• The Board of Supervisors has introduced Planning Code amendments to allow secondary units in new buildings that are in close proximity to neighborhood commercial districts and public transit.

  • The Planning Department will support efforts and promote educational programs that will help residents in existing neighborhoods understand the advantages of incorporating some secondary units in their communities.

  • The Planning Department will study the impacts of relaxing parking requirements for secondary units located in all neighborhoods.

  • On-going planning will propose Planning Code amendments to encourage secondary units where appropriate.

Require new commercial developments and higher educational institutions to meet the housing demand they generate, particularly the need for affordable housing for lower income workers and students.

New and expanding commercial activities increase the City's employment base. These new jobs are important to the residents of the City and the Bay Area and contribute to the continued economic vitality of the region. The workers filling these jobs also increase the City's need for housing. The City's Jobs-Housing Linkage Program, which exacts fees for affordable housing production from commercial developments, should be enforced and monitored. The fee structure should also be reviewed regularly to ensure fair burden on developers.

Similarly, institutions of higher education provide needed services and contribute to the intellectual and cultural life of the City. At the same time, their non-resident student body presents a housing need. Higher educational institutions should assist in meaningful ways in the provision of additional housing to meet this demand.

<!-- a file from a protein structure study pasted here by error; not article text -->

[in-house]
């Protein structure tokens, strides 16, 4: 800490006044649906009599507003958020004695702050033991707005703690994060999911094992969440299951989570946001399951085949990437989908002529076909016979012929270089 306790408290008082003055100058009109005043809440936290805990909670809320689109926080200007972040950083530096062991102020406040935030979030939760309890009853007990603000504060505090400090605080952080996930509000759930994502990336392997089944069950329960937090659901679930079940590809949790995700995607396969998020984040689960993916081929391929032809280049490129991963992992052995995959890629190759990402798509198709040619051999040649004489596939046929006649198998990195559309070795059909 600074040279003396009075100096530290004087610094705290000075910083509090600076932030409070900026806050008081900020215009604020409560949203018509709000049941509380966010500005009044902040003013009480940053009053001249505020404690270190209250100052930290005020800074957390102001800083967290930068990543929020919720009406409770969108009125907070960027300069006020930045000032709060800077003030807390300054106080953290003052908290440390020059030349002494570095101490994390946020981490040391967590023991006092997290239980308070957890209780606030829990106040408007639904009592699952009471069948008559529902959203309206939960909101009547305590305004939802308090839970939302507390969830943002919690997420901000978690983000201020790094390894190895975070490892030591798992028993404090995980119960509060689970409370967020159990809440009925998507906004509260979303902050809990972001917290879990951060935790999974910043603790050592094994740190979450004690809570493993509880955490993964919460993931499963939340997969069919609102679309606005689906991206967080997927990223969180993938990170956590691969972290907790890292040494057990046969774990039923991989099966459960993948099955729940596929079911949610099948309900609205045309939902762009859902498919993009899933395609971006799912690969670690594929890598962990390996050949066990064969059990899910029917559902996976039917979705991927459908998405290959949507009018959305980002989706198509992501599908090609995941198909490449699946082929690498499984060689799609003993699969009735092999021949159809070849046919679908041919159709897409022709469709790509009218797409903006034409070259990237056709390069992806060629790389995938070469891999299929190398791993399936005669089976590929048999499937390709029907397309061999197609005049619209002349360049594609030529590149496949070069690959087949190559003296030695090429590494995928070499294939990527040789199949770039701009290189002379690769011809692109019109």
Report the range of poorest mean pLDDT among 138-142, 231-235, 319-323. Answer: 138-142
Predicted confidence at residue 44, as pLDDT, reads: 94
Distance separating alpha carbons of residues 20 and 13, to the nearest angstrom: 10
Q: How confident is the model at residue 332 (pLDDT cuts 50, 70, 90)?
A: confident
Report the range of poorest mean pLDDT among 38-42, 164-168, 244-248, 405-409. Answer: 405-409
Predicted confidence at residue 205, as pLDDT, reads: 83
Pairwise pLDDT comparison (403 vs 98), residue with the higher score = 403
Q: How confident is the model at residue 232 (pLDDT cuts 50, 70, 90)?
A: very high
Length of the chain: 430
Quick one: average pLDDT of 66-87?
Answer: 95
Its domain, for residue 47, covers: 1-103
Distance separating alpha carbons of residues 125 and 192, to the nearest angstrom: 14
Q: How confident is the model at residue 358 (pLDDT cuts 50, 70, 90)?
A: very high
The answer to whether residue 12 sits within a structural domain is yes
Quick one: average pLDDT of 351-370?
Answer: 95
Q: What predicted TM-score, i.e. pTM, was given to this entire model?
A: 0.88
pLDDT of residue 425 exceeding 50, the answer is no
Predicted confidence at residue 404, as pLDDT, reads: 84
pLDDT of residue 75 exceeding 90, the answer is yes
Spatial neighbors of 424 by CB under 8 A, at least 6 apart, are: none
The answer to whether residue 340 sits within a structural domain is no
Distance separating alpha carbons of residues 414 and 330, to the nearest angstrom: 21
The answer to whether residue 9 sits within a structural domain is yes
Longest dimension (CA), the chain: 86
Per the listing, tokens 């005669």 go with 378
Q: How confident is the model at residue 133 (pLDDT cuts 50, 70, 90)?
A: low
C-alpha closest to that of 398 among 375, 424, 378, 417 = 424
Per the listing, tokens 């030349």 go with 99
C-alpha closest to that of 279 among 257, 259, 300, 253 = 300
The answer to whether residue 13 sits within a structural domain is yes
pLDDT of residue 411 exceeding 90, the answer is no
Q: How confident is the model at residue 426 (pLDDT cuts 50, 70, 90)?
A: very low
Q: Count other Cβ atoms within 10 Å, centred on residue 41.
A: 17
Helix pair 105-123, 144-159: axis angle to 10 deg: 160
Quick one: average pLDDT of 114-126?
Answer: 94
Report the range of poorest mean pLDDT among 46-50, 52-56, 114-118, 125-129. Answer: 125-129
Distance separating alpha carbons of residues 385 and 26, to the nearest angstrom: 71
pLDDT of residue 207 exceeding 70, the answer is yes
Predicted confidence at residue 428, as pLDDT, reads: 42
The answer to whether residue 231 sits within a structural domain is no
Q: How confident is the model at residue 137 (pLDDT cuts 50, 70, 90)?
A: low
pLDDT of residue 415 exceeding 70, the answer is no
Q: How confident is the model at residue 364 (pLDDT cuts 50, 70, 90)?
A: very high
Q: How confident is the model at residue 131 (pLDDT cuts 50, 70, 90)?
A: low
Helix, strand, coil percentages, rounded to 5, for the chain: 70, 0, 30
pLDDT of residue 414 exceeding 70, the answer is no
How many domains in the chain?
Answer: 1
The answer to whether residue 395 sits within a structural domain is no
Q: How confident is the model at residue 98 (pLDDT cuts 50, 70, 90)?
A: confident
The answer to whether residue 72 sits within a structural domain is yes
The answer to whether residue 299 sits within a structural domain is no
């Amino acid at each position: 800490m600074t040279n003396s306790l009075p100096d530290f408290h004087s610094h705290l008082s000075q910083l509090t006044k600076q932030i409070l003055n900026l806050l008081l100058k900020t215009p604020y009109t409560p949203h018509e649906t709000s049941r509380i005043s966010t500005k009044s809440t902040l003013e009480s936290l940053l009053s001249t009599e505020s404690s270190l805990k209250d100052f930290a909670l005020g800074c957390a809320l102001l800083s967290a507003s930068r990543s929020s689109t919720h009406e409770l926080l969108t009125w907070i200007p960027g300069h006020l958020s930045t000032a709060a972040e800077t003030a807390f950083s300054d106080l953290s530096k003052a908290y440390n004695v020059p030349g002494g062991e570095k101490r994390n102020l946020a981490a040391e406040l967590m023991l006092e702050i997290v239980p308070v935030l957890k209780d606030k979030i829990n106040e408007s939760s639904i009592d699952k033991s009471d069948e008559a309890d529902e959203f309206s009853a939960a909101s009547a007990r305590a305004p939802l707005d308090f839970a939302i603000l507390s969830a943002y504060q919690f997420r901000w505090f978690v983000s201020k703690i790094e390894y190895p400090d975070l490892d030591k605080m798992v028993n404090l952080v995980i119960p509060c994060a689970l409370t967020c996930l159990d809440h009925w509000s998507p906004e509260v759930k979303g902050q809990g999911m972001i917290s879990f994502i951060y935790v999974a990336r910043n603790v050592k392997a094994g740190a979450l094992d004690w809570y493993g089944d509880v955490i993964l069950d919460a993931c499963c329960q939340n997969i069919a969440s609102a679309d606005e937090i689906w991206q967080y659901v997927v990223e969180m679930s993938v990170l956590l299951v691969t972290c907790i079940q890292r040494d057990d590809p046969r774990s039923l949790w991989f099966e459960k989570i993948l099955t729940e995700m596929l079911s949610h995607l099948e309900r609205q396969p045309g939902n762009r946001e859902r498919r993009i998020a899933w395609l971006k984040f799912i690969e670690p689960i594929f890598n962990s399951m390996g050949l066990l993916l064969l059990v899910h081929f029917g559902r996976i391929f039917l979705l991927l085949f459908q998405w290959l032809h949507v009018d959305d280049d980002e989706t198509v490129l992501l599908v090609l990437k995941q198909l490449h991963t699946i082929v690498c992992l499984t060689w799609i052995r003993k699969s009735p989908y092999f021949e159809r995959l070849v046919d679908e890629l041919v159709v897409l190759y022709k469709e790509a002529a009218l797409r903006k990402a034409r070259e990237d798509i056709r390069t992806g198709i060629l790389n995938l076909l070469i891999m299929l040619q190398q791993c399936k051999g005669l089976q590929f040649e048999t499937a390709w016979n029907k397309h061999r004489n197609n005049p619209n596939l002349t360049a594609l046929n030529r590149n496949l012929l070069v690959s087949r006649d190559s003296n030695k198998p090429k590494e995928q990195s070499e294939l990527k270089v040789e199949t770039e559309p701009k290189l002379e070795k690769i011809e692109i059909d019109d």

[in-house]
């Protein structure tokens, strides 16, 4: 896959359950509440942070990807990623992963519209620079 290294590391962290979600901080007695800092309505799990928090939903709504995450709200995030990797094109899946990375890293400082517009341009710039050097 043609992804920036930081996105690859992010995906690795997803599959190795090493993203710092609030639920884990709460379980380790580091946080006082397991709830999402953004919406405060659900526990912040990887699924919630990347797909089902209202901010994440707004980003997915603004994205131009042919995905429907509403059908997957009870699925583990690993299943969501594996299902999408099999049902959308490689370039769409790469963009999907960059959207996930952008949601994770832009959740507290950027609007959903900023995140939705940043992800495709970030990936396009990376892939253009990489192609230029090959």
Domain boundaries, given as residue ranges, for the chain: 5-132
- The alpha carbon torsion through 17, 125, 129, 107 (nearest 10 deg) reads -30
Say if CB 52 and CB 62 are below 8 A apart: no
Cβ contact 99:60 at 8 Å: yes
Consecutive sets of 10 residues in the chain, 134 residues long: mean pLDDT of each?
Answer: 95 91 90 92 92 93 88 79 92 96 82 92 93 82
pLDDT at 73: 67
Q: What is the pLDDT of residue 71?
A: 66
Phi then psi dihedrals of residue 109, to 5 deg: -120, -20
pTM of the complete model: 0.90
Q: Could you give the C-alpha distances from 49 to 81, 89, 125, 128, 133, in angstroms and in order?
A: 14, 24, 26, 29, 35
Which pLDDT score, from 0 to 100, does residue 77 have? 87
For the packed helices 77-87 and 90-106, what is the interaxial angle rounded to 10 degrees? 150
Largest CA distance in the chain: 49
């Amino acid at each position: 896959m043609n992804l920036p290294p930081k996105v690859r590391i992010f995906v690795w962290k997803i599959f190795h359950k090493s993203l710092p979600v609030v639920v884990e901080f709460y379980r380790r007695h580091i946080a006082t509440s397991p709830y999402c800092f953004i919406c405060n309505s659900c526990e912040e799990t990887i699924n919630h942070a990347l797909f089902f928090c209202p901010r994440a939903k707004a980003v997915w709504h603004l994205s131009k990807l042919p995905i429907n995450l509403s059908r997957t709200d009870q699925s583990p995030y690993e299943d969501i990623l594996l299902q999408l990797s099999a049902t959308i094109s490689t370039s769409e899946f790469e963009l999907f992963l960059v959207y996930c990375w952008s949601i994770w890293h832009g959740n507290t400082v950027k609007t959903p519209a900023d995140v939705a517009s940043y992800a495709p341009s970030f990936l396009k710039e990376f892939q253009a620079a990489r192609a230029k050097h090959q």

• The Planning Department will continue to support the Jobs Housing Linkage Program, which requires that commercial development provide housing or pay an in-lieu fee.

  • Institutions are required to have an Institutional Master Plan that conforms to the General Plan. The Planning Department will evaluate higher educational institutions' student housing programs through the required Institutional Master Plan.



The existing housing stock is the City's major source of relatively affordable housing. It is very difficult to replace given the cost of new construction and the size of public budgets to support housing construction. Priority should be given to the retention of existing units as a primary means to provide affordable housing.

Discourage the demolition of sound existing housing.

Demolition of existing housing often results in the loss of lower-cost rental housing units. Even if the existing housing is replaced, the new units are generally more costly. Demolition often results in displacement of residents, causing personal hardship and relocation problems.

In 1994, the Planning Commission adopted guidelines regarding housing demolition, for situations when such projects require conditional use approval. In addition to the criteria for demolition approval, the guidelines require replacement housing or in-lieu fees to the City's affordable housing fund as full or partial mitigation for each unit lost. The City should continue to discourage the demolition of existing housing that is sound or can be rehabilitated, particularly where those units provide an affordable housing resource.


  • The City will continue to implement the Proposition M policy that requires that existing housing and neighborhood character be conserved and protected in order to preserve the cultural and economic diversity of neighborhoods.